Five of the Juiciest Literary Lawsuits
It’s a sad reflection on humanity when your assessment of literary lawsuits comes down to greed, or mental health issues. And as mentioned by Scholastic in the J. K. Rowling lawsuit, success seems to breed not only imitation, but also litigation.
But, here we find ourselves…
There are so many juicy literary lawsuits that I had difficulty whittling it down to the most outrageous. If you have any others you think warrant a mention, feel free to comment!
Harper Lee — 'To Kill A Mockingbird'
To Kill a Mockingbird is one of America’s most iconic literary pieces. And its author sued her former agent, alleging he took advantage of her age and inability to make decisions, swindling her of hundreds of thousands in royalties.
The lawsuit alleged that while Harper Lee was living in an assisted living aged-care facility, having suffered a stroke, 95% blind, and also suffering from hearing issues, she signed her copyright interests in her famous novel to her agent’s company. On top of this, she claimed she didn’t remember signing away her rights.
The lawsuit settled. While the details remain confidential, it’s been reported that Harper Lee is happy with the outcome.
J.K. Rowling — Various Harry Potter related suits
Next up – England’s favourite children’s author. In the first lawsuit of interest, a relatively unknown American author – Nancy Stouffer — (and please correct me if I’m wrong here and she’s a cult favourite I’m unaware of) sued Rowling, claiming she stole the term Muggles, and various ideas from her novel The Legend of Rah and The Muggles.
The book had been out of print. When the lawsuit originated, Stouffer’s US publisher, Thurman House, began reprinting it.
Whilst there were similarities – a character named Larry Potter (yep, I laughed at this) who was raised by muggles (also non magical humans here), the outcome was in Rowling’s favour, with some serious findings that Stouffer had submitted fraudulent documents to the court and an untruthful testimony, and changed pages after the fact to retroactively include the word muggles.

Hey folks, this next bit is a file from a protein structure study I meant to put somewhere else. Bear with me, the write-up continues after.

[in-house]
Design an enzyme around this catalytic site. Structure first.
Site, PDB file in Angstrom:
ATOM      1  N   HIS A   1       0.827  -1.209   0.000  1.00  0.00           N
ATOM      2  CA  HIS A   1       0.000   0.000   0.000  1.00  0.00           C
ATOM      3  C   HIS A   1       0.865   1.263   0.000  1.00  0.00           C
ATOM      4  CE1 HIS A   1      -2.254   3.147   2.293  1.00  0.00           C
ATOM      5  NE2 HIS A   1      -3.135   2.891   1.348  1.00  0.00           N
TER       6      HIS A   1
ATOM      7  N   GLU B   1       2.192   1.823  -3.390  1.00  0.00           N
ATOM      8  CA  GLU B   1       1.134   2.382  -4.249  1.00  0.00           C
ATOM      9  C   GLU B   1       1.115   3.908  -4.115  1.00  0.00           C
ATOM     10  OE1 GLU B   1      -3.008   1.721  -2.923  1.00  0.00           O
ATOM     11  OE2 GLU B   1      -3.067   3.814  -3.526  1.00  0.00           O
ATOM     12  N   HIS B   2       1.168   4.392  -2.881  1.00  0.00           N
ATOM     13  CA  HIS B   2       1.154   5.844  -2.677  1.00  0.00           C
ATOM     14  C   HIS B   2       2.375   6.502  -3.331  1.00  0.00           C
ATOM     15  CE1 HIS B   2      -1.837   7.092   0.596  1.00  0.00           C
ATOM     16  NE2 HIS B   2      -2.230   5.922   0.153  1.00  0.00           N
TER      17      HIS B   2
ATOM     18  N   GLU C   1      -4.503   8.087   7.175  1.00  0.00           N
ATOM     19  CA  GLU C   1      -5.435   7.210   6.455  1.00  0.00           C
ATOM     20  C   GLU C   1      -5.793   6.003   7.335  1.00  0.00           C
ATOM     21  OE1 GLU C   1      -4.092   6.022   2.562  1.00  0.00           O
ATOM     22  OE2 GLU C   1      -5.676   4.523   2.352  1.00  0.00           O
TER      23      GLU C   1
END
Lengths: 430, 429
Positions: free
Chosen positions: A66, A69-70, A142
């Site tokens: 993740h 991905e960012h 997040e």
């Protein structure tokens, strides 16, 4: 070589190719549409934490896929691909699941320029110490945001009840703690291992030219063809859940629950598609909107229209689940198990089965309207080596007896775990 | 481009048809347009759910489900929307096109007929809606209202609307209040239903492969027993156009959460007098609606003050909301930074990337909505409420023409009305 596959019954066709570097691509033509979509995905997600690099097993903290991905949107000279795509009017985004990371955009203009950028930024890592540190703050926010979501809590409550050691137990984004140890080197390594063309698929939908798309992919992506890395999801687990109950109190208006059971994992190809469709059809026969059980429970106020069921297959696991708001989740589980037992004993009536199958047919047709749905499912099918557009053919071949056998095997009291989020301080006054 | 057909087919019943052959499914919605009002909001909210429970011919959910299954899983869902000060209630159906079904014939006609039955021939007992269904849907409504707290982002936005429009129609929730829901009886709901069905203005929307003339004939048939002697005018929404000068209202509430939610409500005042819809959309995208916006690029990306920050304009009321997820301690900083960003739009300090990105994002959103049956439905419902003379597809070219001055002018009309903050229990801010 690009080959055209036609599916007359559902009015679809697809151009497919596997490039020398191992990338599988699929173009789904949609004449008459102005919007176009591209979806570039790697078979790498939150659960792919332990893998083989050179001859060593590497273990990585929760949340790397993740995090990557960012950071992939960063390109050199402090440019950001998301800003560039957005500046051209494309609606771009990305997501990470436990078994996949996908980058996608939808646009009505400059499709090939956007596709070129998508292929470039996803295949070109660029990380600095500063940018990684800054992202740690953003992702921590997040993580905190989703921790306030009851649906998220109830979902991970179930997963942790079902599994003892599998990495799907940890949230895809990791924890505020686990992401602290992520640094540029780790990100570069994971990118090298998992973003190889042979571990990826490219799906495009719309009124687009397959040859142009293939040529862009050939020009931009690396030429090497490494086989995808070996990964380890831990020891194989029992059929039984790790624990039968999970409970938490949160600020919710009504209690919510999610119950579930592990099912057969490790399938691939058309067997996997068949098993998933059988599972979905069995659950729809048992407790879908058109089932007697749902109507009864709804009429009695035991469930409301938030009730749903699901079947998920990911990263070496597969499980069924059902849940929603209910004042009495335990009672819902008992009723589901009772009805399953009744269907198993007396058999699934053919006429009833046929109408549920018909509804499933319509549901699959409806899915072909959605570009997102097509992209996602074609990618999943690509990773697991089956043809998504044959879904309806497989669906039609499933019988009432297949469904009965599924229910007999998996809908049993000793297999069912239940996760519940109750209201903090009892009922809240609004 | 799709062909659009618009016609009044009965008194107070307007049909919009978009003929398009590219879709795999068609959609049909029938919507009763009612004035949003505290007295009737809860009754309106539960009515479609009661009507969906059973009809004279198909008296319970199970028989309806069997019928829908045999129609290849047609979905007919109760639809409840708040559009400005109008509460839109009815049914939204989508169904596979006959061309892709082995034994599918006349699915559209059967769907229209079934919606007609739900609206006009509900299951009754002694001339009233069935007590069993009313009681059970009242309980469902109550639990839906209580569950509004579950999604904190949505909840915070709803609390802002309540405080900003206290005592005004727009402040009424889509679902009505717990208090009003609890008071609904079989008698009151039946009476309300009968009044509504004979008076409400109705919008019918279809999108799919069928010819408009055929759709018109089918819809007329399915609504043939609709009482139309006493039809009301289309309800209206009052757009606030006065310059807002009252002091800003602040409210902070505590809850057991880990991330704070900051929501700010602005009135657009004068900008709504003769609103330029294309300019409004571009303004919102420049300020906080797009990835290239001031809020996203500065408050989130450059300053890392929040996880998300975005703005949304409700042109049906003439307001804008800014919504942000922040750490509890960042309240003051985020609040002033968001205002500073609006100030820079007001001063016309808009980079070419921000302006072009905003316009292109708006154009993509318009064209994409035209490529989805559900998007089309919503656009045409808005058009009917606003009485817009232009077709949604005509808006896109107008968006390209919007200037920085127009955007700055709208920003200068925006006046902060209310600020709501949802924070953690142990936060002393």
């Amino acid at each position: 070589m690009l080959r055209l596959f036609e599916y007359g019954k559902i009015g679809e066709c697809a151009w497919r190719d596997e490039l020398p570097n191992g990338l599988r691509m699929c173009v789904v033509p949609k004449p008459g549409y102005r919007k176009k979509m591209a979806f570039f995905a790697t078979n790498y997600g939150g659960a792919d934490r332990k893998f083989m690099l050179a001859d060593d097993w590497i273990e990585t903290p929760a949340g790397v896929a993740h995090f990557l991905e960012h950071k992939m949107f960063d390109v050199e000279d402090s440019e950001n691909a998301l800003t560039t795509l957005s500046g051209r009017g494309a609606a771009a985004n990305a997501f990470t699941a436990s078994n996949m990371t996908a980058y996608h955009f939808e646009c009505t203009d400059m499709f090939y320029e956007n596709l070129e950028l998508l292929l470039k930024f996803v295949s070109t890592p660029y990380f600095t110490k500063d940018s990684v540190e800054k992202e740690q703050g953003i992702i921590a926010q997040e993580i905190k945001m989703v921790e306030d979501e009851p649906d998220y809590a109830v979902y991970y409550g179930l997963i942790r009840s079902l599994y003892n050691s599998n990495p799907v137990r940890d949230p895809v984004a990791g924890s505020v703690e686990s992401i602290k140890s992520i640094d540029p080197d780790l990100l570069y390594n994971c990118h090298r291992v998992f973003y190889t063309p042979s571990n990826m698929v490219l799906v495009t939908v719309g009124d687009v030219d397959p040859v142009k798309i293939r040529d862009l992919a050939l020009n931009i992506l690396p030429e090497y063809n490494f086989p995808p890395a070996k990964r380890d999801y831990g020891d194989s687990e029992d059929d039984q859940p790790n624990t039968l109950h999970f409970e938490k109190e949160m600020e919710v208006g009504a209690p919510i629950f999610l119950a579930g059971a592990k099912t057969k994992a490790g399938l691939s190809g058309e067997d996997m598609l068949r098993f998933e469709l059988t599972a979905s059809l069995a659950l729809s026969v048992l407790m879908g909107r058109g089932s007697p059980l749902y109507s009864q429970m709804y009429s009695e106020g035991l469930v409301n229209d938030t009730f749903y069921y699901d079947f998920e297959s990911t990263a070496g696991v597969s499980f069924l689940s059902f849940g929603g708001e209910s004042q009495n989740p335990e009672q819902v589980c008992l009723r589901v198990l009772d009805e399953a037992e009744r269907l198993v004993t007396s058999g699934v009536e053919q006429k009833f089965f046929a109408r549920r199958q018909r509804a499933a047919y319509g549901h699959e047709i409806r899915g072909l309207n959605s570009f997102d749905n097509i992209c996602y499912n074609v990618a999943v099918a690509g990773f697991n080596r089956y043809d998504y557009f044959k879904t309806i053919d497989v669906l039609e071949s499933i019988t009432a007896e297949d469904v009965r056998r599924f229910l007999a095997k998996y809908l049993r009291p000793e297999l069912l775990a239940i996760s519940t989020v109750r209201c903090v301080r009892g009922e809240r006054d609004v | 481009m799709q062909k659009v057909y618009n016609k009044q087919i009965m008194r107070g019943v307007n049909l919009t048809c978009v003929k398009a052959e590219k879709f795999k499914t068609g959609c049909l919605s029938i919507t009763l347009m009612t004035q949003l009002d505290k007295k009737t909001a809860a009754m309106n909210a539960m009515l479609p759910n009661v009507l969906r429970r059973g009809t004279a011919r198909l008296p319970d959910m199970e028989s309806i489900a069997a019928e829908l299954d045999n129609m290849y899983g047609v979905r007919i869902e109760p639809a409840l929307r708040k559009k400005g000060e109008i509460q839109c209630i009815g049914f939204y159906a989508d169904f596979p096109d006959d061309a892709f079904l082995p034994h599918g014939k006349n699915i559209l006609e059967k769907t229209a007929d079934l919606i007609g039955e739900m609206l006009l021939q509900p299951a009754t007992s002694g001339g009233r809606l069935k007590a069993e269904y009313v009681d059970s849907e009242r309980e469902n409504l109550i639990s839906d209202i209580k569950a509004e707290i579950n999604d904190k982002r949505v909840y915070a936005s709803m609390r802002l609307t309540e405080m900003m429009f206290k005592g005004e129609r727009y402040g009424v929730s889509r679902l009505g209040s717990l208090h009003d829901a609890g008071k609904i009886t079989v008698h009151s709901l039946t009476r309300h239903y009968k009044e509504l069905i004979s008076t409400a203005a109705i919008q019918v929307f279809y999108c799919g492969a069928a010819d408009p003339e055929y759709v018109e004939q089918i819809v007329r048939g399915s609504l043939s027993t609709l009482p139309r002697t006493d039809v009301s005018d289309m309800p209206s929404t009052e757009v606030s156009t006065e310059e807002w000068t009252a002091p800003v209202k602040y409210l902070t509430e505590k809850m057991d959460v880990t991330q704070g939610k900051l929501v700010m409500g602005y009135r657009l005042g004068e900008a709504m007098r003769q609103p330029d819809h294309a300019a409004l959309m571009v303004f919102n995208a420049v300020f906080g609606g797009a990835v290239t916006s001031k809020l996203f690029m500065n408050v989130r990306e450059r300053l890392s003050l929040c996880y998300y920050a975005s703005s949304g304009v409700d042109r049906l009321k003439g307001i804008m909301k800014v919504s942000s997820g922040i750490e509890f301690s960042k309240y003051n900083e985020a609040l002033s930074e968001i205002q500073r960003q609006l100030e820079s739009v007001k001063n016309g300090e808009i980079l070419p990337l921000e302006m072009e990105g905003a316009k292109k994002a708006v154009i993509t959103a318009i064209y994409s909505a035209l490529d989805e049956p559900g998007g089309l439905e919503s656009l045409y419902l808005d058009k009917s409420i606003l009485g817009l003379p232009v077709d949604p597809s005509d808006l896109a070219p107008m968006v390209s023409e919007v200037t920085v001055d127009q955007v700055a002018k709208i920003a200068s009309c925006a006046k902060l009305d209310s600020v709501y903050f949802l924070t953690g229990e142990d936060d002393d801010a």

There have been other copyright and trademark claims against Rowling, even including Rowling’s alleged legal threats against Harry Potter fan fiction writing.
Chris Kyle & the Kyle Estate — 'American Sniper'
The novel behind the blockbuster movie sold more than 1.5 million copies by July of 2014.
While it’s not doubted that Chris Kyle, military “hero” and author of American Sniper, killed an awful lot of people (160 confirmed kills, according to The Washington Post, 255 kills according to Kyle himself), many of his claims have come under fire with allegations that he’s full of shit. Like claiming he and his buddies killed “bad guys” in New Orleans following Hurricane Katrina, or the defamatory story he told about Jesse Ventura, the former Minnesota governor.
It was his least outrageous tall tale about Ventura that got Kyle (or his estate, due to his death in 2013) into legal hot water. In early drafts, Kyle described beating up Ventura in a bar, after Ventura stated that all American soldiers who went to Iraq deserved to die.
Kyle’s publishers sensibly feared litigation, and removed Ventura’s name from this part of the story, referring to a more anonymous character “Scruff Face”. However, in a follow up radio interview, Kyle confirmed that Scruff Face was actually Jesse Ventura.